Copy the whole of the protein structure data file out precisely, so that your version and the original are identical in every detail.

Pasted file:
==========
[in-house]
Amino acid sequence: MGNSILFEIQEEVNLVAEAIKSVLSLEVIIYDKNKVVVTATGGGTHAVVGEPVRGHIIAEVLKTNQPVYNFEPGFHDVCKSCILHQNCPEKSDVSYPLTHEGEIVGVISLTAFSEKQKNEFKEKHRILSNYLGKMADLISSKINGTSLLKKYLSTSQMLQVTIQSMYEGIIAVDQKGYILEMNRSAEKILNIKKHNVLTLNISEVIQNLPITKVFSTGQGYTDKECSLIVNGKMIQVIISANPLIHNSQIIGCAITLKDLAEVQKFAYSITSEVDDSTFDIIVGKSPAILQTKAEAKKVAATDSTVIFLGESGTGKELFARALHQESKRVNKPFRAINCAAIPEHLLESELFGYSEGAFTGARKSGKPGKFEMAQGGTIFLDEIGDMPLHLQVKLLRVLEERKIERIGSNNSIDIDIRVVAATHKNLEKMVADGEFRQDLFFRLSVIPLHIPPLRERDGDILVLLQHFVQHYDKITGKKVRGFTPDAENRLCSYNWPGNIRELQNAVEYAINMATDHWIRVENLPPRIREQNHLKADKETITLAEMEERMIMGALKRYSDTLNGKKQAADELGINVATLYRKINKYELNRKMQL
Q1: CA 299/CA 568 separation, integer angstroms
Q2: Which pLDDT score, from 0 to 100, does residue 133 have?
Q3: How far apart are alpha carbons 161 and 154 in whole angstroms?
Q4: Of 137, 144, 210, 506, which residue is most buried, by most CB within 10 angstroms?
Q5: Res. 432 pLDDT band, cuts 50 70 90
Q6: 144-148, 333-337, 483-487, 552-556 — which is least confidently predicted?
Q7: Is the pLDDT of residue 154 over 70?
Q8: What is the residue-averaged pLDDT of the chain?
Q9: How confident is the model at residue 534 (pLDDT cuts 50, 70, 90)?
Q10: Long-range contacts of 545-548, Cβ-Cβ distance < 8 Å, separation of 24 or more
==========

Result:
[in-house]
Amino acid sequence: MGNSILFEIQEEVNLVAEAIKSVLSLEVIIYDKNKVVVTATGGGTHAVVGEPVRGHIIAEVLKTNQPVYNFEPGFHDVCKSCILHQNCPEKSDVSYPLTHEGEIVGVISLTAFSEKQKNEFKEKHRILSNYLGKMADLISSKINGTSLLKKYLSTSQMLQVTIQSMYEGIIAVDQKGYILEMNRSAEKILNIKKHNVLTLNISEVIQNLPITKVFSTGQGYTDKECSLIVNGKMIQVIISANPLIHNSQIIGCAITLKDLAEVQKFAYSITSEVDDSTFDIIVGKSPAILQTKAEAKKVAATDSTVIFLGESGTGKELFARALHQESKRVNKPFRAINCAAIPEHLLESELFGYSEGAFTGARKSGKPGKFEMAQGGTIFLDEIGDMPLHLQVKLLRVLEERKIERIGSNNSIDIDIRVVAATHKNLEKMVADGEFRQDLFFRLSVIPLHIPPLRERDGDILVLLQHFVQHYDKITGKKVRGFTPDAENRLCSYNWPGNIRELQNAVEYAINMATDHWIRVENLPPRIREQNHLKADKETITLAEMEERMIMGALKRYSDTLNGKKQAADELGINVATLYRKINKYELNRKMQL
Q1: CA 299/CA 568 separation, integer angstroms
Q2: Which pLDDT score, from 0 to 100, does residue 133 have?
Q3: How far apart are alpha carbons 161 and 154 in whole angstroms?
Q4: Of 137, 144, 210, 506, which residue is most buried, by most CB within 10 angstroms?
Q5: Res. 432 pLDDT band, cuts 50 70 90
Q6: 144-148, 333-337, 483-487, 552-556 — which is least confidently predicted?
Q7: Is the pLDDT of residue 154 over 70?
Q8: What is the residue-averaged pLDDT of the chain?
Q9: How confident is the model at residue 534 (pLDDT cuts 50, 70, 90)?
Q10: Long-range contacts of 545-548, Cβ-Cβ distance < 8 Å, separation of 24 or more